The Great Unwind: Where Next?


Authored by Sven Henrich via NorthmanTrader.com,

Back Test

Having fun yet? Worst H1 start to a year since 1932. A macro picture as complex as we’ve seen in all our lifetimes and central bankers stumbling to fix their mistakes of the past while at risk of making more policy mistakes as we speak.

But this article is not about macro, but rather it’s a KISS article, keep it simple stupid, and this is where technicals can help in giving context to all that has happened.

In its simplest form at the time of the sell case at the beginning of the year $SPX was vastly disconnected from its yearly 5 EMA:

This current bear market had a 3600 target on its back even then:

Reaching the low 3600’s last week we can observe that $SPX has simply reconnected with the yearly 5EMA:

After the excess of last year it was due to do just that.

The same applies for the tech sector:

In this sense the great unwind for the first half of the year has accomplished a technical base line: Rebalancing.

Now, as you can clearly see major bear markets of the past have seen dramatic spikes below the yearly 5 EMA, but these structural bear markets (crashes aside) also didn’t move in a straight line. Rather big awe-inspiring bear market rallies were part of the equation. Why? Because markets don’t like imbalances and when they get too far disconnected from key balance points they tend to create counter moves.

We’ve seen some of these this year in the form of up to 12% counter rallies, most notably back in May following the What If trifecta considerations of rates, dollars and junk which all cooperated for such a bear market rally.

In June all trifecta components then turned again and went to new extremes and equities dropped to new lows as a result creating further imbalances. But not only that, we now can observe key back tests.

One I highlighted on my public Twitter feed at the current lows of last week:

Technicals do matter and we can assess this as an area of confluence support as indeed we have seen an upside reaction since then:

Revisiting the pre Covid highs can be considered a back test along with the yearly 5EMA reconnect.

Ironically it is not only the broader $NYSE index that has backtested its pre Covid highs, but also the Dow Jones Global index:

This offers a perspective of congruence and confluence.

None of this implies that the cycle lows are in, but it informs of the possibility of a sizable bear market rally.

Let’s not forget how much this market has been punched in the gut. There are many indicators that suggest we are at historic extremes, not as extreme as the GFC perhaps but still impressively low. For example: Last week there where only 7 $NDX components above their 200 day moving average with a weekly close at 8:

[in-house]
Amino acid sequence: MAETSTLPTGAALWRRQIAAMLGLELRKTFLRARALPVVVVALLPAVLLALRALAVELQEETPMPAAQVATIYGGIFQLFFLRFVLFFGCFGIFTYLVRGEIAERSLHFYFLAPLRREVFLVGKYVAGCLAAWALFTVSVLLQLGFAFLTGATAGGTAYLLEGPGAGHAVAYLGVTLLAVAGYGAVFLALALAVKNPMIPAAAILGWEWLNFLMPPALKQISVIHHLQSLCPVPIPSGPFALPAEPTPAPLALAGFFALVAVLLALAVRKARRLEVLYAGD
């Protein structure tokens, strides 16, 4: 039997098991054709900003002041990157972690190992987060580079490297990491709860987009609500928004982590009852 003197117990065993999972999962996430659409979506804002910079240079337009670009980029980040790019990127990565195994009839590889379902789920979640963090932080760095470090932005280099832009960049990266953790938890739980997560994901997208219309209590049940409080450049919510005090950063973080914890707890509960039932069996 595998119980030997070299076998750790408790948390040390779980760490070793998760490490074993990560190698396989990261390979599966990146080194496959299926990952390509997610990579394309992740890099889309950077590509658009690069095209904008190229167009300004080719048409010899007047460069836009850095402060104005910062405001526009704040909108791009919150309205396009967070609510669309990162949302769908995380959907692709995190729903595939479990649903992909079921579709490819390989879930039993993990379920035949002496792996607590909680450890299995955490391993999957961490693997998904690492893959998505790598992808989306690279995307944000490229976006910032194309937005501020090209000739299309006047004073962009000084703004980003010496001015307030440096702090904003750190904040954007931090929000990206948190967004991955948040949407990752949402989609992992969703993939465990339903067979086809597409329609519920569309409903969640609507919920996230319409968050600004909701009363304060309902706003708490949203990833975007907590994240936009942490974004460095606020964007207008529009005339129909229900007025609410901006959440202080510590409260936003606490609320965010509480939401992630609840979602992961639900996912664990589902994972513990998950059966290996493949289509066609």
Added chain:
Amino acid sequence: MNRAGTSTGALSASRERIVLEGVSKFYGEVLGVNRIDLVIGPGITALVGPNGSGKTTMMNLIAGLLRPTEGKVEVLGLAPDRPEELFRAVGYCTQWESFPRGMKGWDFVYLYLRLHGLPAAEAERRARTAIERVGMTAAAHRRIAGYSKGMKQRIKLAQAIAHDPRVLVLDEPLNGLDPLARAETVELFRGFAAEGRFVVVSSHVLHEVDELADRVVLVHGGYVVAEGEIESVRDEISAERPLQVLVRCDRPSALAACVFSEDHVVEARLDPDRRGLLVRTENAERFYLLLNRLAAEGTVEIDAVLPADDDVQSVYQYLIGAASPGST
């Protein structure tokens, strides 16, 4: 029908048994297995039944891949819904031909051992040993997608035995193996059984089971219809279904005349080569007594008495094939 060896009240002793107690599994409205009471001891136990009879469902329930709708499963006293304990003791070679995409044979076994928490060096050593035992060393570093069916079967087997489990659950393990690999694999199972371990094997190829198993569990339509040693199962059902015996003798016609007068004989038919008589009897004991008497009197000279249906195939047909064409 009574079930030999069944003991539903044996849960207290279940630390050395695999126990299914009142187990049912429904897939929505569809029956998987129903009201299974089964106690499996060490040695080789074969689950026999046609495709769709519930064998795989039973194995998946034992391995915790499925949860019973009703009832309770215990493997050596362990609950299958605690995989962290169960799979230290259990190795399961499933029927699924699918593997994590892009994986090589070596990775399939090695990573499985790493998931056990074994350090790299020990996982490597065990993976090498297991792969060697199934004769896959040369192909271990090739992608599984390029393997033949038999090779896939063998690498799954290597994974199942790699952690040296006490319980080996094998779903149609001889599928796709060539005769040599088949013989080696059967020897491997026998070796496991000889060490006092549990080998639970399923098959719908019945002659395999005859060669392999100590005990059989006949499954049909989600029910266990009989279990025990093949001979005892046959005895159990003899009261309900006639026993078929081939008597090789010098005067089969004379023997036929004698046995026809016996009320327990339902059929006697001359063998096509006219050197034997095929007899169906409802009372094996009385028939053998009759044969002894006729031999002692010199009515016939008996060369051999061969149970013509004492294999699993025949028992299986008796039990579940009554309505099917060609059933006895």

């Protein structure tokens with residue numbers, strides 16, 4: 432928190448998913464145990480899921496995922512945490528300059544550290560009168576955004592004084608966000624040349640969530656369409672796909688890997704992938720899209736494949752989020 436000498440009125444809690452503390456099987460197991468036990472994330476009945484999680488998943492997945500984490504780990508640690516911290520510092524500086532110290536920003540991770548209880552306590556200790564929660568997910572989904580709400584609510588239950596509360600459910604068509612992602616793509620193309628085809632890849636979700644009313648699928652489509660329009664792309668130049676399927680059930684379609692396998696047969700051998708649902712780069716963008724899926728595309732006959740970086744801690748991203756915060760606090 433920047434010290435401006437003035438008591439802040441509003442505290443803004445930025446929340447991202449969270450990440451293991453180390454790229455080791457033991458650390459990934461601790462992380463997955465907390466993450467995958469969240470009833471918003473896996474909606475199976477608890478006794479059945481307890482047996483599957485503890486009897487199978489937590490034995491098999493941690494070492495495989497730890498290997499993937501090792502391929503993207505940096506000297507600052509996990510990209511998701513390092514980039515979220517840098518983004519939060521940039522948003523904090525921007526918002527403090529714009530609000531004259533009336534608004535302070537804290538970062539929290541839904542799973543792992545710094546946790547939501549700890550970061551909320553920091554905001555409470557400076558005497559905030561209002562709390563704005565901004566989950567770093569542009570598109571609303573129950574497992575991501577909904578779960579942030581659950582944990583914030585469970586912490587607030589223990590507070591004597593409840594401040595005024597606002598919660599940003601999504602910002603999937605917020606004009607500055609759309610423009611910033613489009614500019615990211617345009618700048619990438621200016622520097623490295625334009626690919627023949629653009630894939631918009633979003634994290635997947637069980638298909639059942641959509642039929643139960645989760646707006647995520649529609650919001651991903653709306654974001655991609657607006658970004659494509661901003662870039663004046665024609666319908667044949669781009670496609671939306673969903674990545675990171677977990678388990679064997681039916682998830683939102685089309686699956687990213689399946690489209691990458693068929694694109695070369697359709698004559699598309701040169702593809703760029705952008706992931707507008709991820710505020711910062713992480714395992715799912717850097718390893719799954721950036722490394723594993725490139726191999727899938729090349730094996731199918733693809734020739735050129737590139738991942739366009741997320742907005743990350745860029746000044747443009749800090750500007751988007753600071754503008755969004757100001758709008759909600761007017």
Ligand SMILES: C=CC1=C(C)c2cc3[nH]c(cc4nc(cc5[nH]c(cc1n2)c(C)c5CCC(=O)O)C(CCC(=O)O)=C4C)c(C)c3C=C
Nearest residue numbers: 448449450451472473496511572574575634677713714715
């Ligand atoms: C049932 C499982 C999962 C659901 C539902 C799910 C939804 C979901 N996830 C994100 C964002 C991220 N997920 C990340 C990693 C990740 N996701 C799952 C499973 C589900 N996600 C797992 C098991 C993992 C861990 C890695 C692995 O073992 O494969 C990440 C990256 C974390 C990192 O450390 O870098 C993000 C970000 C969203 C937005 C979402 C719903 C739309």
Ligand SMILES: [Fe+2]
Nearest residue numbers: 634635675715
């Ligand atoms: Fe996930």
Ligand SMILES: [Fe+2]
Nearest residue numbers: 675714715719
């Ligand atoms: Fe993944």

A reading lower then during the Covid crash.

These readings appearing as $NDX is in proximity of its weekly 200MA.

Hence I made a call for a larger bear market rally to be a distinct possibility last Friday with eyes wide open to further risks:

Specifically what I referred to was lows coming either from the lows last week or with still some risk margin into the weekly 200MA:

Note the weekly 200MA proximity was where the Covid lows took hold, but perhaps more importantly it was the point from which markets launched a larger bear market rally in 2008 reconnecting with the weekly 50MA into a .618 fib retrace.

It was only after that reconnect that the real market damage came about as the global financial crisis unfolded. At this time nobody can attest with certainty how the macro picture will ultimately unfold. Too much is dependent on future data developments.

I submit technically we have now seen key technical reconnects, we have seen key back tests and points of confluence & congruence all of which are suggestive of a larger technical counter rally to come, either from last week’s lows or after a tag of the weekly 200MA.

Can I be wrong about this? Certainly, technicals don’t give us guarantees, but they help assess risk/reward and probabilities. Furthermore I think we all need to be humble about the possibilities and one of the biggest risk factors in my eye is now again a Fed that, at least publicly, appears in denial about the true state of the economy with its Chair insisting on how strong the economy is while it is in fact slowing down rapidly.

All I can tell you this: If the Fed is indeed intent on raising rates to a 3.8% Fed funds rate as their dot plot suggests we’ll won’t see a soft landing:

I suppose the only comfort here is that not a single dot plot the Fed has ever put out has come to fruition.

As last year, by insisting on running run ultra loose monetary policy into a rapidly inflationary environment exacerbated by record fiscal stimulus that it tried to label as transitory, the Fed, self admittedly not being able to solve energy and food price inflation with rate hikes, is again risking to be the danger by making things worse by aggressively hiking into a rapid slowdown with the largest cheap money based debt construct in history as its backdrop.

My take here: The key decision point will ultimately come after a larger bear market rally. If inflation shows solid reversals this summer allowing the Fed to pivot or pause we may have come to realize that the H1 stock drama may have been a key low, if not, then the bear market rally, alleviating extreme imbalances and signals, may serve as another selling opportunity with this bear market producing new structural lows. We will need to keep assessing the evolving technical and macro picture as the journey unfolds.

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